Now, let's say you can't do that. Now you have to actually cluster the SP's session store. There are a couple of ways to do this. One of them is fairly simple, but requires a private network between the cluster members, and maintains a single point of failure. The other is much more work, and is most likely also going to be a single point of failureThere are a few other options discussed below.
Cookie-Based Session Recovery
The SP has a feature to store a limited amount of attribute and sesssion data in the client in an encrypted cookie, and a shared key across a set of servers can be used to recover the session on each node as the client moves between them. This is transparent, but isn't intended for use by a client constantly moving between servers on every request due to the overhead. The feature is discussed in the SessionCache page.
The "simple" solution is to take advantage of the fact that the SP is divided into two pieces, and all of the session state is maintained in the
shibd process rather than the web server. While the SP installation requires that you install both halves on each machine, you don't actually have to use both halves on each server. If you have a fast enough, and secure enough, network, you can utilize a TCP connection to connect a number of web servers running the SP to a single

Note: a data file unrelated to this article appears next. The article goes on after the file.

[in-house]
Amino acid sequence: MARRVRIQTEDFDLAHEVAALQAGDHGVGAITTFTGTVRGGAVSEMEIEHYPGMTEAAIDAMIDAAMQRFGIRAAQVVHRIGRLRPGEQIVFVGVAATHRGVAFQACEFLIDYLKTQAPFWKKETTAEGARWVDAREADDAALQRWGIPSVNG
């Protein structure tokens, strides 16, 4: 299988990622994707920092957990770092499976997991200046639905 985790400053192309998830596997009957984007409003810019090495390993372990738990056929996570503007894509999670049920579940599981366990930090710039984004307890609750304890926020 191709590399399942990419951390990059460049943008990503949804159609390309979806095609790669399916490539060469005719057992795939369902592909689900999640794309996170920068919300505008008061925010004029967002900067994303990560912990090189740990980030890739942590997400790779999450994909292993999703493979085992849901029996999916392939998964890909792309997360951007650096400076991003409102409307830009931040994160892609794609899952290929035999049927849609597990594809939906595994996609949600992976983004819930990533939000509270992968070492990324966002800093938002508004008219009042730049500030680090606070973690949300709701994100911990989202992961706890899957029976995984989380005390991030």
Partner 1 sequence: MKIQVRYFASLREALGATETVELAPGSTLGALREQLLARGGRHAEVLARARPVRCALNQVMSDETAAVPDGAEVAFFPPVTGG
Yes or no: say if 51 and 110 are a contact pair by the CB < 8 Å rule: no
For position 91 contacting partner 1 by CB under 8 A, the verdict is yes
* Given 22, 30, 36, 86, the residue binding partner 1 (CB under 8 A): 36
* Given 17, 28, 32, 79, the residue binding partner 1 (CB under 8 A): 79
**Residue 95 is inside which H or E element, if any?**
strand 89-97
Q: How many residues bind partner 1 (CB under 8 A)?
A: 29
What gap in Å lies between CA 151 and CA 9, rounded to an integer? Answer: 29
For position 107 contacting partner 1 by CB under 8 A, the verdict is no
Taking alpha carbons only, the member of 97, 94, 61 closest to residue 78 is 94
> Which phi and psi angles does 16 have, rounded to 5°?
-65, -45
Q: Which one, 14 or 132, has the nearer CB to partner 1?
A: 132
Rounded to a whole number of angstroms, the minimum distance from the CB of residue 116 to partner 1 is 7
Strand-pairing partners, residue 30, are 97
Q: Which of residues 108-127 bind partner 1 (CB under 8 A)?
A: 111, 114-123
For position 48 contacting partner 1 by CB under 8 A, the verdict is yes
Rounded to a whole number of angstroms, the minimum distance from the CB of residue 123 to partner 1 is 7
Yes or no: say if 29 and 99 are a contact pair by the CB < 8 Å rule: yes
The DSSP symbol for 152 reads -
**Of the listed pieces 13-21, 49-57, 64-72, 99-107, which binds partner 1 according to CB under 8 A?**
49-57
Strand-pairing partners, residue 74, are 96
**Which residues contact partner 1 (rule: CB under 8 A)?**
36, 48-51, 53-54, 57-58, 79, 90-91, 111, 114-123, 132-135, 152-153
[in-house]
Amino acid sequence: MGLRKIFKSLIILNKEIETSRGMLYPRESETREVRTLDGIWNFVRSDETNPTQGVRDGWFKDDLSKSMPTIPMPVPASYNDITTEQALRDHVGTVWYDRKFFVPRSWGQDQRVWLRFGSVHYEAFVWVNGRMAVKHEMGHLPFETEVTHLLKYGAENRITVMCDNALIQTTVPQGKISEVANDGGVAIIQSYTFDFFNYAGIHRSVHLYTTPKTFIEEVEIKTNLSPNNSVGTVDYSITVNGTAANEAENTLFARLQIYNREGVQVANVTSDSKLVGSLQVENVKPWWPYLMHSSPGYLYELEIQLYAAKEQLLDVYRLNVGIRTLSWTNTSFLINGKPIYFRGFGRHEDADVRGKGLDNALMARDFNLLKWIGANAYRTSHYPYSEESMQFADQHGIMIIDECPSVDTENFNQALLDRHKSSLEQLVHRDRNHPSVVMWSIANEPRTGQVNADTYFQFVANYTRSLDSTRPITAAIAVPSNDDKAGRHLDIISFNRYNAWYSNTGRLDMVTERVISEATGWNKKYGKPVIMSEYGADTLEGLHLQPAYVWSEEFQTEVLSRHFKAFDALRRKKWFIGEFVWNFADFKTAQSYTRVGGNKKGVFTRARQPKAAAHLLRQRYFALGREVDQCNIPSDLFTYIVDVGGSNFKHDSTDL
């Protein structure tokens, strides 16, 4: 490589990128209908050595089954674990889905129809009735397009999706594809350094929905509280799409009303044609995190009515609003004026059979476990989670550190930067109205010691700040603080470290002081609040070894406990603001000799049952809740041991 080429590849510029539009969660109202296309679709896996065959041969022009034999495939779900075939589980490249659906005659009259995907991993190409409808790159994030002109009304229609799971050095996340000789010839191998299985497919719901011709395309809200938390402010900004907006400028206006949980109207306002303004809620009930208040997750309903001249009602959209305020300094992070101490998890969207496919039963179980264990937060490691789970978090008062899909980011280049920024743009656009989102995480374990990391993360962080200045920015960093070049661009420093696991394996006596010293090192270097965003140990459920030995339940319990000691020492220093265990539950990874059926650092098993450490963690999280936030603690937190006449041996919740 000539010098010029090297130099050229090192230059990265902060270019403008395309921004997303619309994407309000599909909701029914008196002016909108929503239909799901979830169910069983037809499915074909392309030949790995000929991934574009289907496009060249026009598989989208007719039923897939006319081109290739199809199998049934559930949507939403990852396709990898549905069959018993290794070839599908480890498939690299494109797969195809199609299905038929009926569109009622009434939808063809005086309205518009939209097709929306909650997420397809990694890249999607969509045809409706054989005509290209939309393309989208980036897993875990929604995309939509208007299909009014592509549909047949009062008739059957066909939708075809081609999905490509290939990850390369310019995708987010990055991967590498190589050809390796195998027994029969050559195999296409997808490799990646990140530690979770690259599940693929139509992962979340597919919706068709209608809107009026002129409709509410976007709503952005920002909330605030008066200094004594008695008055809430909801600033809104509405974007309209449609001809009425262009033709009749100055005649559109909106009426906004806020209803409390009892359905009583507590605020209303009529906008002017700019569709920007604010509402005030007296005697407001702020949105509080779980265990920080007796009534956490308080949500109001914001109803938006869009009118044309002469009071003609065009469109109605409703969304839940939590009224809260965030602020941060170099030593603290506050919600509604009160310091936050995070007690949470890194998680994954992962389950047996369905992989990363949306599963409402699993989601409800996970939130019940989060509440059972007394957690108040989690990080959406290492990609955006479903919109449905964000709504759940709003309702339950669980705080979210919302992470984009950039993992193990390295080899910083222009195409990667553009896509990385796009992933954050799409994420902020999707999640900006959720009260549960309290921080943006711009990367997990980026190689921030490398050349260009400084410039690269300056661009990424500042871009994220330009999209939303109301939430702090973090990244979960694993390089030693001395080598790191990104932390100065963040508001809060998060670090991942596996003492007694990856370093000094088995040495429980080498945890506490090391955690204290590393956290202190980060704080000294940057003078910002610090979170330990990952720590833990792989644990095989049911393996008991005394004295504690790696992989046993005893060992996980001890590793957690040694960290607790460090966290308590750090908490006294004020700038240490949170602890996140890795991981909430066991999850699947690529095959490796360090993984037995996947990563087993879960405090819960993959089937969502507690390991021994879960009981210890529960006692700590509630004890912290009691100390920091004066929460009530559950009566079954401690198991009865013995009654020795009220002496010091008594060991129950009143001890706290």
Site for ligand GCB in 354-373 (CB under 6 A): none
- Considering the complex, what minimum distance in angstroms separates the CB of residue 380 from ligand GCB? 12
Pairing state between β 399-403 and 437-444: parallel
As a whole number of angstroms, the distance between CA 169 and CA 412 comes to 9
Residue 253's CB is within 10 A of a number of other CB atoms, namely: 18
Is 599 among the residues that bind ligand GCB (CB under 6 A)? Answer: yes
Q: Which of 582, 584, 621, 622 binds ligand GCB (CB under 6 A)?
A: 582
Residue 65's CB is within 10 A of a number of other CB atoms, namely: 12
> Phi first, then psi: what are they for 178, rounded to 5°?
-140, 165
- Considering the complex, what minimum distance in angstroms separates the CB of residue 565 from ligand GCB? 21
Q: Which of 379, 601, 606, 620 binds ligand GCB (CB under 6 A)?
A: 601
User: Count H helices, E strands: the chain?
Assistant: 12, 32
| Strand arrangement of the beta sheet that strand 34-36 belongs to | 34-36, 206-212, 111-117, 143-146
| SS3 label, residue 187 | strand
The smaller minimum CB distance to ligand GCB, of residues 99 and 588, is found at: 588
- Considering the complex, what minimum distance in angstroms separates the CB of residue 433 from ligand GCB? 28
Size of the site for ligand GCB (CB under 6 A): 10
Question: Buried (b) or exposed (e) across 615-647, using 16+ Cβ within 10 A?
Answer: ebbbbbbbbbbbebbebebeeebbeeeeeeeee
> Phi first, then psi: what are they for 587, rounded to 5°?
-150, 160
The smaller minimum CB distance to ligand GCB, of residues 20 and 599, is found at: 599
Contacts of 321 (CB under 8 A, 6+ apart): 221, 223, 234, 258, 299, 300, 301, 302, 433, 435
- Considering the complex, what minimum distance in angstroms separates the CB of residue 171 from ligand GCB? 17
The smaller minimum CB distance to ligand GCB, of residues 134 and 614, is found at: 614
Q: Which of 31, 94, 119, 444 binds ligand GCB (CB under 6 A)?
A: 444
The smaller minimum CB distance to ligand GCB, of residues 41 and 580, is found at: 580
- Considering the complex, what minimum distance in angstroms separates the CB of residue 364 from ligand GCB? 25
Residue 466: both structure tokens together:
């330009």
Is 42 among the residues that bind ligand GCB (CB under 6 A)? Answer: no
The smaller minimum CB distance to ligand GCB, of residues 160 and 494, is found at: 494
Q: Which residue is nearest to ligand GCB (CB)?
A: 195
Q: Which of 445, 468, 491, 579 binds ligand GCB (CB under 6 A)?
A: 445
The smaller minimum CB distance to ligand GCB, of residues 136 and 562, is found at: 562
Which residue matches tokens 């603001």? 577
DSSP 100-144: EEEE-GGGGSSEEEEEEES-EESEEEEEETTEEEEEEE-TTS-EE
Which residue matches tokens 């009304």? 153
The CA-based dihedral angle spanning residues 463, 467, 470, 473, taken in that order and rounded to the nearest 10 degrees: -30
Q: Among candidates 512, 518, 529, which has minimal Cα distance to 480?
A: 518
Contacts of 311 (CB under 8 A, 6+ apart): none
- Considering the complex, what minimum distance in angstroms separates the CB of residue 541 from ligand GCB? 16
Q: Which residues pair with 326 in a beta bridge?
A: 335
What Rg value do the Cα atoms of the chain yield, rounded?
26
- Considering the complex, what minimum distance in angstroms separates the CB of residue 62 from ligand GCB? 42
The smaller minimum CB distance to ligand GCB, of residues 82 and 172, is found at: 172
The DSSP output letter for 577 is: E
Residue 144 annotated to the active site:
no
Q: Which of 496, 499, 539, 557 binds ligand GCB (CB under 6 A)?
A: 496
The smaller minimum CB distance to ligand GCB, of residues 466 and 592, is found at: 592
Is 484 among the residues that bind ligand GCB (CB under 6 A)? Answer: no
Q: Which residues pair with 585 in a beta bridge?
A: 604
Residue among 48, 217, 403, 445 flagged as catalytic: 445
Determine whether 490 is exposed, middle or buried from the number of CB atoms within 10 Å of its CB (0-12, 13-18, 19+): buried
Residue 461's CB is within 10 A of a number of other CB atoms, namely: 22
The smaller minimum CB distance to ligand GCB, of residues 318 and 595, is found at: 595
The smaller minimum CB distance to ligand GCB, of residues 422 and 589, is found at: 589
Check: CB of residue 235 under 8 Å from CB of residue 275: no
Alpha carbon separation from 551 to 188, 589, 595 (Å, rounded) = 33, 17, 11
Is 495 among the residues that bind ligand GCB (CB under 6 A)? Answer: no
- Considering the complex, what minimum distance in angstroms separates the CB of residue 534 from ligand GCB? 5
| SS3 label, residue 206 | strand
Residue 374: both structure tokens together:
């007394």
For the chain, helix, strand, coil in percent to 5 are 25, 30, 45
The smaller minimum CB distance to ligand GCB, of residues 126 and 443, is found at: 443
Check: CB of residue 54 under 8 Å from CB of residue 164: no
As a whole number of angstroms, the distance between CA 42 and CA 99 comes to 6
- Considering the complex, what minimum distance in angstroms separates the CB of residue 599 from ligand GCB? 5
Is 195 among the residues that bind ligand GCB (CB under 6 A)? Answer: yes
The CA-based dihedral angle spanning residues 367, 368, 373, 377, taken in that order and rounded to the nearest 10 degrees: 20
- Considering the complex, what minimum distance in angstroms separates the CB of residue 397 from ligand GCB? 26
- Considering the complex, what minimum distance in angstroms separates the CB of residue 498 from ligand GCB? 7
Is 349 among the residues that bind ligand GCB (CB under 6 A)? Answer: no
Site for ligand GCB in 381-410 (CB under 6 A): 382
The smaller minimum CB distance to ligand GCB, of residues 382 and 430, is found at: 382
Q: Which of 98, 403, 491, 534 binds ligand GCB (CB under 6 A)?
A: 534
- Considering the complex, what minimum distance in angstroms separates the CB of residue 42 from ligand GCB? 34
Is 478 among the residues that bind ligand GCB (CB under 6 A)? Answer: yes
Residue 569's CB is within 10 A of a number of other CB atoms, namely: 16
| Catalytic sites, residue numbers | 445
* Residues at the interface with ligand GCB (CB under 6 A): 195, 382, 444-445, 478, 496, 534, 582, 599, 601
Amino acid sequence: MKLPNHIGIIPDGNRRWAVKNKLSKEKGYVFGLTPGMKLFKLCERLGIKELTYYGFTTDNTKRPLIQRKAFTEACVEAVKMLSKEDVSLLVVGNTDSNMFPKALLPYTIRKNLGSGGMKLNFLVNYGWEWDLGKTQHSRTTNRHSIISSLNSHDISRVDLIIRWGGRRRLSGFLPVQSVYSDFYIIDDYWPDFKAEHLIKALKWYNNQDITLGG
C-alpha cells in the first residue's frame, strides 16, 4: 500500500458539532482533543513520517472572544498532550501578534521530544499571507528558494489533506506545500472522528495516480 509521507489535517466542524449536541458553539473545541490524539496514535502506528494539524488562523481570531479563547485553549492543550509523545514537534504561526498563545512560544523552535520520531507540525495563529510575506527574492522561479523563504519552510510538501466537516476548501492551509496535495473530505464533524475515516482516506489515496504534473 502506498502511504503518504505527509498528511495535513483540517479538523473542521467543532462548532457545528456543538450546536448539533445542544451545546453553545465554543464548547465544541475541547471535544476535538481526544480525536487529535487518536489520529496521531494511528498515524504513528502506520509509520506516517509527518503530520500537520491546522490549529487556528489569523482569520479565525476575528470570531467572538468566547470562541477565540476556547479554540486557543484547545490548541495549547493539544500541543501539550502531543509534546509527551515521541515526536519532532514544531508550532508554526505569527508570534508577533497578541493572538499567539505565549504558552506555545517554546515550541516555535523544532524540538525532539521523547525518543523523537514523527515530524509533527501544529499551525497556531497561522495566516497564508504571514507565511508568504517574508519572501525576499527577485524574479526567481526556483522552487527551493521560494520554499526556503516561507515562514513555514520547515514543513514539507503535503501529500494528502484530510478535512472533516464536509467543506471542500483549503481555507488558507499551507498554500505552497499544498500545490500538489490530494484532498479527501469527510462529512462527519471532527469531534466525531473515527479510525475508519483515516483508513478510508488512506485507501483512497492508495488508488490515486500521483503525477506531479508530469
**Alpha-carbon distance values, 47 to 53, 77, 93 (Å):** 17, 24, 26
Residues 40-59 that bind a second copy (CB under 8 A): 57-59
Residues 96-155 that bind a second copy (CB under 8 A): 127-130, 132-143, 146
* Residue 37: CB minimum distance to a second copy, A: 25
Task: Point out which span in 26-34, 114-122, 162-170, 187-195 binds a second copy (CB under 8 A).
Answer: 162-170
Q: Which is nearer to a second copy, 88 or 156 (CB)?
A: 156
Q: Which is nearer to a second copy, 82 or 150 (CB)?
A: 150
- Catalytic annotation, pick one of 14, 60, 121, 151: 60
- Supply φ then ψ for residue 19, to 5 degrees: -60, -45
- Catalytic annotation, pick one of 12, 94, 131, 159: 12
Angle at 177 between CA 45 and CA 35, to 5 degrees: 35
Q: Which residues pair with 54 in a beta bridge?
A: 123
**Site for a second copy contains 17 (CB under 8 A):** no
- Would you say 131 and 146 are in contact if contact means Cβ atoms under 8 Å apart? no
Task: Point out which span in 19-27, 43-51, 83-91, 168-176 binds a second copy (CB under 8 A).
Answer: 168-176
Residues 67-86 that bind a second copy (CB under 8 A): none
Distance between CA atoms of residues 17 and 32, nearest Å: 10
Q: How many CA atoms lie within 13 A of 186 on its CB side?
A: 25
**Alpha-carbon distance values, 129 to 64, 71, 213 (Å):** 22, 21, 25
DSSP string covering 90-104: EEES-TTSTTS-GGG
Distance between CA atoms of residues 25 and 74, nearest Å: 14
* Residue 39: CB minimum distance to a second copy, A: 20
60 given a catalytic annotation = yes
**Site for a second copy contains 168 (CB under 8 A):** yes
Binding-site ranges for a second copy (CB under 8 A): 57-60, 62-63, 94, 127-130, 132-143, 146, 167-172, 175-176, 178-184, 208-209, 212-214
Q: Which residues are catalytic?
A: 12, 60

shibd "listener" process. This process can run on any of the cluster nodes, or on a separate box devoted to it. To set this up, just follow the documentation for using the TCP Listener plugin.
The overhead of this approach has not been studied extensively, but in 2.0 the design was substantially changed in order to minimize the network traffic needed. For a typical application not under extreme load, this is likely to be viable. However, you have to understand a few things:
- Performance becomes pretty horrible very quickly as load increases. This is a bad solution for any but a lightly used site.
- The protocol between the servers is NOT secure. It's a simple XML protocol running over TCP. You MUST rely on a secure network between the servers, ideally a private subnet.
- The server running
shibdis a single point of failure. If the process fails or the server fails, you'll lose all active sessions. However, you can restart any of the web servers without losing any state. They will reload any sessions as needed.
- Session affinity is still important here. You'll get much better performance if you keep some locality of reference, because the sessions are cached in the web servers as well.